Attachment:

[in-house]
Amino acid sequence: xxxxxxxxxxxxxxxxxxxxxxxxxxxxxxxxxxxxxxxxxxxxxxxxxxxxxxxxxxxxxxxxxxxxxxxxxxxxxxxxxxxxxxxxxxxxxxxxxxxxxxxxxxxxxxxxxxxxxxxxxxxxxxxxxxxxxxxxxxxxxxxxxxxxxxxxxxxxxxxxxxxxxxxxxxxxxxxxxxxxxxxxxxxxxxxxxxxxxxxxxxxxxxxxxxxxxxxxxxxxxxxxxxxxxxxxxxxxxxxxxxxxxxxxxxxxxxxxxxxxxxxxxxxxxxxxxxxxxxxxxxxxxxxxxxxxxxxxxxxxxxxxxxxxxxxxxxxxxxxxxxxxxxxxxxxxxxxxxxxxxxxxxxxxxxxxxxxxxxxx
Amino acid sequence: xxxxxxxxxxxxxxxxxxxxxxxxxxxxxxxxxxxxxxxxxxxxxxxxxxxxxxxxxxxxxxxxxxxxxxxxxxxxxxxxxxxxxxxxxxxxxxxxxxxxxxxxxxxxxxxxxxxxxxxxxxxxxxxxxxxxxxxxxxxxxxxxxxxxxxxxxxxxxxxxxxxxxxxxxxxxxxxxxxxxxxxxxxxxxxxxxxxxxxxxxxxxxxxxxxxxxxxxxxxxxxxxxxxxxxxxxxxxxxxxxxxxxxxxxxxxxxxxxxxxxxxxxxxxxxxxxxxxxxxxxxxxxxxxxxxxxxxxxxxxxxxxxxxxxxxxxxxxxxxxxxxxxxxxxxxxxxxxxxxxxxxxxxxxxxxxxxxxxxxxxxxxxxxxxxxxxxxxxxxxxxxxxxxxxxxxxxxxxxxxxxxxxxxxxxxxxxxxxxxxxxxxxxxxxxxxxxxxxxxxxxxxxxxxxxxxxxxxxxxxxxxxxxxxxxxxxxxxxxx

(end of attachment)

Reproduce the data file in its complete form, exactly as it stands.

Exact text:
[in-house]
Amino acid sequence: xxxxxxxxxxxxxxxxxxxxxxxxxxxxxxxxxxxxxxxxxxxxxxxxxxxxxxxxxxxxxxxxxxxxxxxxxxxxxxxxxxxxxxxxxxxxxxxxxxxxxxxxxxxxxxxxxxxxxxxxxxxxxxxxxxxxxxxxxxxxxxxxxxxxxxxxxxxxxxxxxxxxxxxxxxxxxxxxxxxxxxxxxxxxxxxxxxxxxxxxxxxxxxxxxxxxxxxxxxxxxxxxxxxxxxxxxxxxxxxxxxxxxxxxxxxxxxxxxxxxxxxxxxxxxxxxxxxxxxxxxxxxxxxxxxxxxxxxxxxxxxxxxxxxxxxxxxxxxxxxxxxxxxxxxxxxxxxxxxxxxxxxxxxxxxxxxxxxxxxx
Amino acid sequence: xxxxxxxxxxxxxxxxxxxxxxxxxxxxxxxxxxxxxxxxxxxxxxxxxxxxxxxxxxxxxxxxxxxxxxxxxxxxxxxxxxxxxxxxxxxxxxxxxxxxxxxxxxxxxxxxxxxxxxxxxxxxxxxxxxxxxxxxxxxxxxxxxxxxxxxxxxxxxxxxxxxxxxxxxxxxxxxxxxxxxxxxxxxxxxxxxxxxxxxxxxxxxxxxxxxxxxxxxxxxxxxxxxxxxxxxxxxxxxxxxxxxxxxxxxxxxxxxxxxxxxxxxxxxxxxxxxxxxxxxxxxxxxxxxxxxxxxxxxxxxxxxxxxxxxxxxxxxxxxxxxxxxxxxxxxxxxxxxxxxxxxxxxxxxxxxxxxxxxxxxxxxxxxxxxxxxxxxxxxxxxxxxxxxxxxxxxxxxxxxxxxxxxxxxxxxxxxxxxxxxxxxxxxxxxxxxxxxxxxxxxxxxxxxxxxxxxxxxxxxxxxxxxxxxxxxxxxxxxx